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1955 Bowman # 29 Red Schoendienst [#b] (Cardinals)


Book   = $ *BOOK*
Price = $ 24.95
EX/MINT

1955 Bowman # 29 Red Schoendienst [#b] (Cardinals) Baseball cards value
Price = $ 24.95
         

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Baseball

1991 Cardboard Dreams Baseball Cards
Checklist & Values


1991 Cardboard Dreams Promo #1 1991 Cardboard Dreams Promo #2 Neat oddball set with a very unusual mix of players. A promotional lead-in for "Cardboard Dreams" a soon to be sportscard magazine. Promo cards were given out at a few regional baseball card shows mostly in So. Cal.
MLB filed lawsuits against similar magazines and the magazine was cancelled before 1st issue leaving just a small run of promo cards (limited to 5,000) and some scarce proofs. 1991 Cardboard Dreams Ryan back
      SERIES 1                   SERIES 2
  #1 Willie Mays            # 9 Mickey Mantle                
  #2 Nolan Ryan             #10 Nolan Ryan & Sandy Koufax   
  #3 Tony Gwynn             #11 Frank Thomas & David Justice
  #4 Wayne Gretzky          #12 Brett Hull                  
  #5 Jose Canseco/Madonna   #13 Ted Williams & Joe DiMaggio 
  #6 Ken Griffey Jr         #14 Barry Sanders               
  #7 Bo Jackson             #15 Dan Marino                  
  #8 Michael Jordan         #16 Magic Johnson & Larry Bird  

 Prototype #1: Nolan Ryan / Wayne Gretzky / Bo Jackson / Jose Canseco & Madonna
 Prototype #2: Mickey Mantle / Nolan Ryan & Sandy Koufax 
               Ted Williams & Joe DiMaggio / David Justice & Frank Thomas
Click for complete 1991 Cardboard Dreams Baseball card listings
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Baseball

1961 Nu-Card Baseball Scoops

80-card set of regular sized cards Issued by Nu-Card, Inc., followed on the footsteps of their over-sized 1960 issue. The cards again featured newspaper style baseball highlights ('Scoops'). Printed in red and black, the card fronts resemble a newspaper's front page headline story with photo with the "news article" on the back. The cards showcase some of the baseball's most interesting highlights in it's first 100 years. The 80 card 1961 Nu card Scoops set is numbered from 401-480.

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Baseball

1956 Topps Pins
Checklist & Values


WOW ! Few issues compare to the 1956 Topps Pins set. The colorful and attractive 1-1/8" diameter pins were packaged with bubble gum and featured a color photo of player on front with a pin clasp on back. Many of the images for pins are the same as on the 1956 Topps cards. If you collect 1956 Topps cards than YOU MUST add at least one of these 1956 Topps Pin to your collection.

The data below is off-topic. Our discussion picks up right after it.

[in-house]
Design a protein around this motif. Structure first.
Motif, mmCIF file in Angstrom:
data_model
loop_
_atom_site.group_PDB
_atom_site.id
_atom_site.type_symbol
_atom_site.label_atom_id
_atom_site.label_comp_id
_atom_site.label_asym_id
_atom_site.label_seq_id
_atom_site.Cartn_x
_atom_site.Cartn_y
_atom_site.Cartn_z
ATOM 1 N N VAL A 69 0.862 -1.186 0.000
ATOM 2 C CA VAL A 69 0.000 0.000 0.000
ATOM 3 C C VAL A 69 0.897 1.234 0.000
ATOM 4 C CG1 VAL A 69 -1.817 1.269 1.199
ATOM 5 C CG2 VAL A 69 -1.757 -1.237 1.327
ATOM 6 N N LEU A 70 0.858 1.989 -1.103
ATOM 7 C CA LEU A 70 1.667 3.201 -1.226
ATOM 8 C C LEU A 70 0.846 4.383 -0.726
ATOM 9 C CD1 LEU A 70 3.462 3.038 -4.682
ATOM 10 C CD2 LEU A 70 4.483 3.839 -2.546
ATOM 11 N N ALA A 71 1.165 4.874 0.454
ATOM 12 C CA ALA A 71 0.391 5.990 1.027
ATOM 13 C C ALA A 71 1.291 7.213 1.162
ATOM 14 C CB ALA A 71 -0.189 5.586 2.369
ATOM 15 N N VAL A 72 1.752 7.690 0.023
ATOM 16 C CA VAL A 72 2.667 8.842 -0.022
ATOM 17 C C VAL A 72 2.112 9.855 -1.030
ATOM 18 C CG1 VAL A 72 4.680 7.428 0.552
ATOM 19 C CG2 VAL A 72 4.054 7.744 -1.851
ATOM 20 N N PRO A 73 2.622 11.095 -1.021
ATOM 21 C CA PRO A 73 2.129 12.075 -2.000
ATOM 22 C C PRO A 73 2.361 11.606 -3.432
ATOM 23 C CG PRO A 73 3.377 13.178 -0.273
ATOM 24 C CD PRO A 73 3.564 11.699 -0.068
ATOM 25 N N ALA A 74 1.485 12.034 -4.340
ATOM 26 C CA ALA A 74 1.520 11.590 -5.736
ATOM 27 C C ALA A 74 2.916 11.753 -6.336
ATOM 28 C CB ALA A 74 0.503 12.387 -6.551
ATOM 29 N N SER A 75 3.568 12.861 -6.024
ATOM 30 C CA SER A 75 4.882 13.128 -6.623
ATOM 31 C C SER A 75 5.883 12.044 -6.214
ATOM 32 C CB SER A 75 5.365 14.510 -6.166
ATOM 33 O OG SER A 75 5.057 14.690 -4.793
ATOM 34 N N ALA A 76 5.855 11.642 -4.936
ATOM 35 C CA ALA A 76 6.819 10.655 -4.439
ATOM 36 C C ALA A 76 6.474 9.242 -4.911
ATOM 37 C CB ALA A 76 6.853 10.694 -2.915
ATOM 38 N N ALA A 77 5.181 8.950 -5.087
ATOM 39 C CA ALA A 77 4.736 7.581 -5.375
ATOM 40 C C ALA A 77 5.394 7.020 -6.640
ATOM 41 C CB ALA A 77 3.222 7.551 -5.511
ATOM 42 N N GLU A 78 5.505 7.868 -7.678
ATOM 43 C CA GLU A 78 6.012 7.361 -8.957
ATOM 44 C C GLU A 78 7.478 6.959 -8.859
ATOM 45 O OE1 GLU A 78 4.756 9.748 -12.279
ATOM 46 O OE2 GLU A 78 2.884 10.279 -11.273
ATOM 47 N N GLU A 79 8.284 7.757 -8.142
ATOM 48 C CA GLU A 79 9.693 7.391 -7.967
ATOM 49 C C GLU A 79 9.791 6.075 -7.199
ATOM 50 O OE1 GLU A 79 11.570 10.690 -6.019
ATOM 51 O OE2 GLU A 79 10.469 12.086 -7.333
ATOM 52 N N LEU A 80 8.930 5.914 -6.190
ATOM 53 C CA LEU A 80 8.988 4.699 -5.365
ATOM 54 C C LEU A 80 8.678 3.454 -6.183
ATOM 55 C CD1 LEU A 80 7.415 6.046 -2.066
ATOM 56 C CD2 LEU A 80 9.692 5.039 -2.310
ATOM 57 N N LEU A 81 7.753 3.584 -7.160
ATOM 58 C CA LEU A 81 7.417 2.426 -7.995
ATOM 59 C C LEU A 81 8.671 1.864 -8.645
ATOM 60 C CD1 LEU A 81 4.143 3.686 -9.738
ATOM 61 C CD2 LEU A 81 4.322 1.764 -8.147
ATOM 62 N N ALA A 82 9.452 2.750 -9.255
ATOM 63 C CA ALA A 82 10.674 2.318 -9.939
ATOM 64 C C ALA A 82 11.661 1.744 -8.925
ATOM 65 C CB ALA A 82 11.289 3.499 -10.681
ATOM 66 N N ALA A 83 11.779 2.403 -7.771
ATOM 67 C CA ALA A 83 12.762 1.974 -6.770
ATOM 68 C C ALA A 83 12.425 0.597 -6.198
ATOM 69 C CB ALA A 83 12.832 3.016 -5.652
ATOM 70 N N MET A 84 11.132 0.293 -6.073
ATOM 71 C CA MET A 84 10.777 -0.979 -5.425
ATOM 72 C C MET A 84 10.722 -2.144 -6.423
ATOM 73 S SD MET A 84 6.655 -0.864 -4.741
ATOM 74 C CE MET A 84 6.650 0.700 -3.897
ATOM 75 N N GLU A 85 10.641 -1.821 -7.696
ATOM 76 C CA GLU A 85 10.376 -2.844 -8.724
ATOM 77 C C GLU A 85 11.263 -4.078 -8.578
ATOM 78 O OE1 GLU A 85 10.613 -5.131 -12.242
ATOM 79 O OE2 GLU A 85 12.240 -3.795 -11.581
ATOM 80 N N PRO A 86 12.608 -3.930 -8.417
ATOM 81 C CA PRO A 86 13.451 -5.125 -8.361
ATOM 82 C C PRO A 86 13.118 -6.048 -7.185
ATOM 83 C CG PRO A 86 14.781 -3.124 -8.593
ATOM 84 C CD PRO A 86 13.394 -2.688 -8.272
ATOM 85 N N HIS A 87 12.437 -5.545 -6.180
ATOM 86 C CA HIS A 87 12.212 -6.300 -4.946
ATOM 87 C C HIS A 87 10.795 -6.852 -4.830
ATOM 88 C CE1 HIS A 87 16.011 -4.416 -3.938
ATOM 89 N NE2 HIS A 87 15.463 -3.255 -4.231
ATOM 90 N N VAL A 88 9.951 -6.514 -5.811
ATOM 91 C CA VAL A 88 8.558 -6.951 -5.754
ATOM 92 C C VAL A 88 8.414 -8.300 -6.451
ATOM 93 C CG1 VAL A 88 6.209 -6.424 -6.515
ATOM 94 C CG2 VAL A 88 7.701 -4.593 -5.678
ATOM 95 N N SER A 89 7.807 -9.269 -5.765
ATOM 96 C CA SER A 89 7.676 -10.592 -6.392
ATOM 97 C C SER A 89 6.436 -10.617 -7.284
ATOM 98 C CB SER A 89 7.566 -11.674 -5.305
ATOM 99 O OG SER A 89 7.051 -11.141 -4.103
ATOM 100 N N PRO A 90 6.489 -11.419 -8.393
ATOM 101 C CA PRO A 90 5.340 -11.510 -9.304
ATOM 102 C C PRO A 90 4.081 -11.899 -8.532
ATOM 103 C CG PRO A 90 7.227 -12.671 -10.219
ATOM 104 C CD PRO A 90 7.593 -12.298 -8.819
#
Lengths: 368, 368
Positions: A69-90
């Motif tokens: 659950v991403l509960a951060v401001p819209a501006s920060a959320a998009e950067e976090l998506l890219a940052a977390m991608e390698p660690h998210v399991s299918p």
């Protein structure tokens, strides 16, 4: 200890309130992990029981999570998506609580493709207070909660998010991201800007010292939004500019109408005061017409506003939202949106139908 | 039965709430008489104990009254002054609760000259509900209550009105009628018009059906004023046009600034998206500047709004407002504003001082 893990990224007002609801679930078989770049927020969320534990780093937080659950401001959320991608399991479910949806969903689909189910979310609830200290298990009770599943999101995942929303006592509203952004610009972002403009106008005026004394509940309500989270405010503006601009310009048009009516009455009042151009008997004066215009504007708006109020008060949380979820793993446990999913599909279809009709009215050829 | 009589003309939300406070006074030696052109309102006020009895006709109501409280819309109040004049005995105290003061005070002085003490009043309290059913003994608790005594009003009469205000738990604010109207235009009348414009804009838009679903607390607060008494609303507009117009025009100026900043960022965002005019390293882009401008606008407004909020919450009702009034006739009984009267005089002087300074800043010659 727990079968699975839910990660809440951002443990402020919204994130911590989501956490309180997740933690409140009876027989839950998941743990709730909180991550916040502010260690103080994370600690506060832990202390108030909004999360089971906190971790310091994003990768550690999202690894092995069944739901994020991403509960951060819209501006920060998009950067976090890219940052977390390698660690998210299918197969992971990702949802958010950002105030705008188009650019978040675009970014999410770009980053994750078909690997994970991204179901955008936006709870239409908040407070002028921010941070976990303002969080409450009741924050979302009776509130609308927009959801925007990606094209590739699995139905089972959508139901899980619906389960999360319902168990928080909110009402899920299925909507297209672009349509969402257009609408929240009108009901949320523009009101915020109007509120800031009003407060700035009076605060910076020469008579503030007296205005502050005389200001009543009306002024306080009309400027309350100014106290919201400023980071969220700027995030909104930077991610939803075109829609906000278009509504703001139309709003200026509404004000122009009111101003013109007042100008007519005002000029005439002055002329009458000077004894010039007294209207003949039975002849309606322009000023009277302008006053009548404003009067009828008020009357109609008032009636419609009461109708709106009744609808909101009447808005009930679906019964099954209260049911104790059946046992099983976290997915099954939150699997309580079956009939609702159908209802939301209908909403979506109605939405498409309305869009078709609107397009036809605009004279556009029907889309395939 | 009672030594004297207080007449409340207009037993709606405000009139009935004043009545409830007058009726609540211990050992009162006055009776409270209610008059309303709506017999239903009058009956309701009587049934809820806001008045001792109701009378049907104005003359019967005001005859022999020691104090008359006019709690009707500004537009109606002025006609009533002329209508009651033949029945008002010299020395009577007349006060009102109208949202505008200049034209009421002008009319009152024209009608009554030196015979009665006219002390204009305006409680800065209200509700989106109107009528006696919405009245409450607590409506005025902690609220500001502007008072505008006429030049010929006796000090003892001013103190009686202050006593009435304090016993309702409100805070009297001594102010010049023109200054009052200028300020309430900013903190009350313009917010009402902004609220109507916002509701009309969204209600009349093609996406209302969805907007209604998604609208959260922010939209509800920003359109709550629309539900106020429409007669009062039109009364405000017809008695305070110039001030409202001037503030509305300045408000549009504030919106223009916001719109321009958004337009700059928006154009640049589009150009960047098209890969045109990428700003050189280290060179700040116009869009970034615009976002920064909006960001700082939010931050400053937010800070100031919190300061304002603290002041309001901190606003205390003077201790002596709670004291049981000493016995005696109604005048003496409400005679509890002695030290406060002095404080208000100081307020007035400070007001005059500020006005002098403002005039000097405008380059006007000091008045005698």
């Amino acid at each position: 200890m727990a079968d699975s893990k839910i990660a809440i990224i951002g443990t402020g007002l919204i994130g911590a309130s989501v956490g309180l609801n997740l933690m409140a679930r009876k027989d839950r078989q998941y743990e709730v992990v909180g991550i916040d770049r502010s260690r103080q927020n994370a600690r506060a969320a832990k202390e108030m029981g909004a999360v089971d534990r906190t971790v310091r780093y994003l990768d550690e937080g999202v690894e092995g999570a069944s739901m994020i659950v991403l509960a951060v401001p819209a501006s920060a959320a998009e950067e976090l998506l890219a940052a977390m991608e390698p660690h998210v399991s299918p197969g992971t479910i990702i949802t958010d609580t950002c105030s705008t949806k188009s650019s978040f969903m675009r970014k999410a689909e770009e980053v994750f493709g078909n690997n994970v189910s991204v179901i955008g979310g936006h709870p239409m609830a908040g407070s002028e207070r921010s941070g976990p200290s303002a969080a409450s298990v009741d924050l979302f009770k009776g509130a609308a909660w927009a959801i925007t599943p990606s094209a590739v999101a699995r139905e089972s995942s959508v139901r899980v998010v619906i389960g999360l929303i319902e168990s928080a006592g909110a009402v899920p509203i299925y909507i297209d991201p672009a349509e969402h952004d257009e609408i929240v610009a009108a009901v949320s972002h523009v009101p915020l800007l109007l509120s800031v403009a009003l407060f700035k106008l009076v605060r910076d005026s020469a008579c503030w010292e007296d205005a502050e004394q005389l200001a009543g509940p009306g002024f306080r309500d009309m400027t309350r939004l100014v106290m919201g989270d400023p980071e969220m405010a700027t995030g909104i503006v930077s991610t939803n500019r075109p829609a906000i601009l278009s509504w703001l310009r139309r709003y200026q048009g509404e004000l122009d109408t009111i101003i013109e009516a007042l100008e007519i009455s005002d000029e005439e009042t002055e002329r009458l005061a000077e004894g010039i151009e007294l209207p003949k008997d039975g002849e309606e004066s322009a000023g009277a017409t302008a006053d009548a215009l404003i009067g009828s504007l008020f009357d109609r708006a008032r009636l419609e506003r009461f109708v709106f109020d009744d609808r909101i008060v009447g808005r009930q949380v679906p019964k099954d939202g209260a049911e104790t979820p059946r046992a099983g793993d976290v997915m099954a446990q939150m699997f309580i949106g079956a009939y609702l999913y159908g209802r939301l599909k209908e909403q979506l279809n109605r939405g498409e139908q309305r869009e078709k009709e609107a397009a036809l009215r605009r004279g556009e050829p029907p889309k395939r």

Packed with stars (no Mickey Mantle), the 1956 Topps Pins set also had a few scarcities such as Chuck Stobbs, Hector Lopez & Chuck Diering.

In the end, collectors of the day preferred cards to pins and Topps cut back the 1956 Topps Pin set from a planned 90 pins to just 60.

Click for complete 1956 Topps Baseball Pins checklist, values & prices
Baseball
Tobacco Cards

Starting approximately in 1886, sportscards, mostly baseball cards, were often included with tobacco products, for promotional purposes and also because the card reinforced the packaging and protected cigarettes from damage. These sports cards are referred to as tobacco cards in the baseball card hobby. Over the next few years many different companies produced baseball cards. Tobacco cards soon started to disappear as the American Tobacco Company tried to develop a monopoly by buying out other companies.

They were reintroduced in the 1900s, as American Tobacco came under pressure from antitrust action and Turkish competition. The most famous and most expensive, baseball card is the rare T206 Honus Wagner. The card exists in very limited quantities compared to others of its type because Wagner forced the card to be removed from printing. It is widely (and incorrectly) believed that Wagner did so because he refused to promote tobacco, but the true explanation lies in a dispute over compensation.

Soon other companies also began producing baseball and football cards. Sports magazines such as The Sporting News were early entries to the market. Candy manufacturers soon joined the fray and reflected a shift toward a younger target audience for cards. Caramel companies were particularly active and baseball cards were one of the first prizes to be included in Cracker Jacks. World War I soon suppressed baseball card production.

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